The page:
All in Reading Recommendations

Transforming Juvenile Justice Systems to Improve Public Safety and Youth Outcomes

Juvenile justice systems have undoubtedly made extraordinary improvements over the past two decades—incarceration rates have been cut in half nationwide; juvenile arrest rates remain at historical lows; and, in alignment with what research shows works to improve outcomes for youth, the majority of states have adopted data-driven tools and evidence-based programming. But other measures tell a more complex story: in spite of recent gains, most juvenile justice systems are still not operating as effectively as possible.

Transforming Juvenile Probation

The Annie E. Casey Foundation presents its vision for transforming juvenile probation into a focused intervention that promotes personal growth, positive behavior change and long-term success for youth who pose significant risks for serious offending. Nearly a half-million young people are given some form of probation annually and it serves as a critical gatekeeper to determine whether young people are placed in residential institutions. Probation plays a significant role in perpetuating the vast overrepresentation of African-American, Latino and other youth of color in our nation’s justice systems.

Young Offenders Weigh in on Connecticut's Juvenile Justice Overhaul

Connecticut is in the process of overhauling its juvenile justice system. Plans to close the state’s juvenile jail in Middletown are underway and legislators are looking to replace it with a more effective system. To help find solutions, a new report has been created from the perspective of delinquent youth. 

Young people who’ve experienced the juvenile justice system know firsthand what doesn’t work. But the bigger question is, what do they need to succeed?

PUBLICATION ADVISORY: Office of Juvenile Justice and Delinquency Prevention Releases "Juvenile Residential Facility Census, 2014: Selected Findings"

WASHINGTON, Nov. 2, 2016 /PRNewswire-USNewswire/ -- The Office of Justice Programs' (OJP) Office of Juvenile Justice and Delinquency Prevention (OJJDP) today released Juvenile Residential Facility Census, 2014:  Selected Findings, a biannual census that collects information about characteristics of facilities for justice-involved youth, such as their size, structure, type, ownership, security arrangements and the range of services they provide to youth in their care.

Juvenile Justice: An Examination of Disparities in Dispositions

The present study tests the utility of status characteristics and expectation states theory in the context of the juvenile court. The theory contends that there is dispositional certainty when case related factors are consistently rated serious or nonserious; the severity of the sanction will reflect the seriousness of the case. However, the likelihood of sentencing disparities based on individual characteristics (e.g., race and SES) increases as case related factors become increasingly inconsistent, with some rated serious and others rated nonserious.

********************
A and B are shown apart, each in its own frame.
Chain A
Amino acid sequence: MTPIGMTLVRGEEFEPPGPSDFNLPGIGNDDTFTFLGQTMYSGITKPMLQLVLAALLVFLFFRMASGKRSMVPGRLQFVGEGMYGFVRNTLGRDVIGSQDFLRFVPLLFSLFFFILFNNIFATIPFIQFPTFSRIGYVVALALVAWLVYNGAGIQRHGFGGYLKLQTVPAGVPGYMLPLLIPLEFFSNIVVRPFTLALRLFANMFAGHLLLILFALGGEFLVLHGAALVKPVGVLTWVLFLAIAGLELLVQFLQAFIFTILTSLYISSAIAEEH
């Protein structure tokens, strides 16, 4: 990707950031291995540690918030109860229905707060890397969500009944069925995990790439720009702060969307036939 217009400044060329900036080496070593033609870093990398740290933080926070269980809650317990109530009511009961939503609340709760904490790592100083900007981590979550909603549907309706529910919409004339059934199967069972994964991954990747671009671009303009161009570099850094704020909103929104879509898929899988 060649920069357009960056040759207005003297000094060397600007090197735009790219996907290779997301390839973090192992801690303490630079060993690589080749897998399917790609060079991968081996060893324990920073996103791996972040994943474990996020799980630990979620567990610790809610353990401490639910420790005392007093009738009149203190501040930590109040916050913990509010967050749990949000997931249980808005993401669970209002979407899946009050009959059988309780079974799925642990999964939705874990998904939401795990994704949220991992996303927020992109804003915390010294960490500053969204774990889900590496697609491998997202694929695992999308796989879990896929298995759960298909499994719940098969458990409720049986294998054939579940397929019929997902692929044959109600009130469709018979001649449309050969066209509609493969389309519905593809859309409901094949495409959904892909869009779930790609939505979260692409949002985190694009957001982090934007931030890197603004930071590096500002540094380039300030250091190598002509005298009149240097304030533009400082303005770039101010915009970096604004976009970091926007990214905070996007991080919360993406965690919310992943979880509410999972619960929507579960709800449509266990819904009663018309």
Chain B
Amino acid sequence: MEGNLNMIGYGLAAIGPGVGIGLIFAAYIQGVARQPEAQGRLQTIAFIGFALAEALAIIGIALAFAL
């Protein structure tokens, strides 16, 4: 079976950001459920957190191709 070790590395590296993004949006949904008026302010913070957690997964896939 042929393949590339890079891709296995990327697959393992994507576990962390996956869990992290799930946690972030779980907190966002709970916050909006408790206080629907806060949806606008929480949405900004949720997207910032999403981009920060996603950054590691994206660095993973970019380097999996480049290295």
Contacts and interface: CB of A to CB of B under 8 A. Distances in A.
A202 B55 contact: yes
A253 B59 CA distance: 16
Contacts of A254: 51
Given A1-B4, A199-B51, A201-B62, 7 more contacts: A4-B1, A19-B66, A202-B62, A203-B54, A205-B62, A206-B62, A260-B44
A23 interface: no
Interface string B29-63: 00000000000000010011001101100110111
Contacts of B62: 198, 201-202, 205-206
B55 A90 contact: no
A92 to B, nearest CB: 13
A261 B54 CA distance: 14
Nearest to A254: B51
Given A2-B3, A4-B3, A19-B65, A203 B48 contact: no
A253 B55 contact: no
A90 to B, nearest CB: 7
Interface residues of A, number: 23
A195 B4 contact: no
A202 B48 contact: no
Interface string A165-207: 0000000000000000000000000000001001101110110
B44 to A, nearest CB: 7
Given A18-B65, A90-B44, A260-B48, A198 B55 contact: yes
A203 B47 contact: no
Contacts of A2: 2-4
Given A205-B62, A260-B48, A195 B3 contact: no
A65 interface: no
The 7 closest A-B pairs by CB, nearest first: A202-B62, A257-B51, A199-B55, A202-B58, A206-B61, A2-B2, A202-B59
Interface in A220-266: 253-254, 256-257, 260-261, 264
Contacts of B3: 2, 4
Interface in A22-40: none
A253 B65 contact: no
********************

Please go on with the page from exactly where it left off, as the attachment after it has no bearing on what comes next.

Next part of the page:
Trauma-informed Care for Juvenile Justice Staff Must Include Self-care

Juvenile justice professionals are evolving to better understand the impact of trauma on youth. In 2012 the U.S. Attorney General’s National Task Force on Children Exposed to Violence called for organizations to provide trauma-informed care and develop trauma-informed policies.

Trauma care of youth, those who are justice-involved and those who are not, begins first with good employee self-care, which is intertwined with good team care.

Juvenile Justice System Uses Physical Restraints Banned In Schools

While state public schools have banned staff from using Aikido-style physical restraints on students, Kentucky’s Department of Juvenile Justice continues to use the method.

This week, the Kentucky Department of Education ordered all public schools to stop using “Aikido Control Training” restraints amid questions over the method’s safety.

Members of a state oversight panel on child abuse recently raised concern that Aikido-style restraints can result in injuries, according to The Courier-Journal, which first reported the school ban.

Can a nonprofit turn around education in New Orleans' juvenile detention facility?

A decade ago, the Youth Study Center -- New Orleans’ troubled juvenile detention facility -- would have been unlikely to attract an educational trailblazer.

The roughly 40 teenagers held in the flood-damaged center rarely made it to classes because they were often on lockdown 23 hours a day. The staff had a reputation for incompetence. The building was plagued with bugs and mold.

But this summer, the Orleans Parish School Board turned over operation of the school to the national nonprofit Center for Educational Excellence in Alternative Settings, which is known for its work tackling the academic deficits faced by juvenile delinquents.

Juvenile Justice System Should Morph Into Surrogate Grandparent, Not Parent

The creation of the juvenile court was a spectacular triumph of the progressive movement in the late 19th century. Advocating for a separate legal process was a bold statement about the developmental differences between adult and adolescents and, consequently, the mitigated culpability of youth who commit crimes...

Juvenile courts thus began under the legal precedent of parens patriae (parent of the nation); the same precedent that allows the state to remove abused and neglected children from their homes.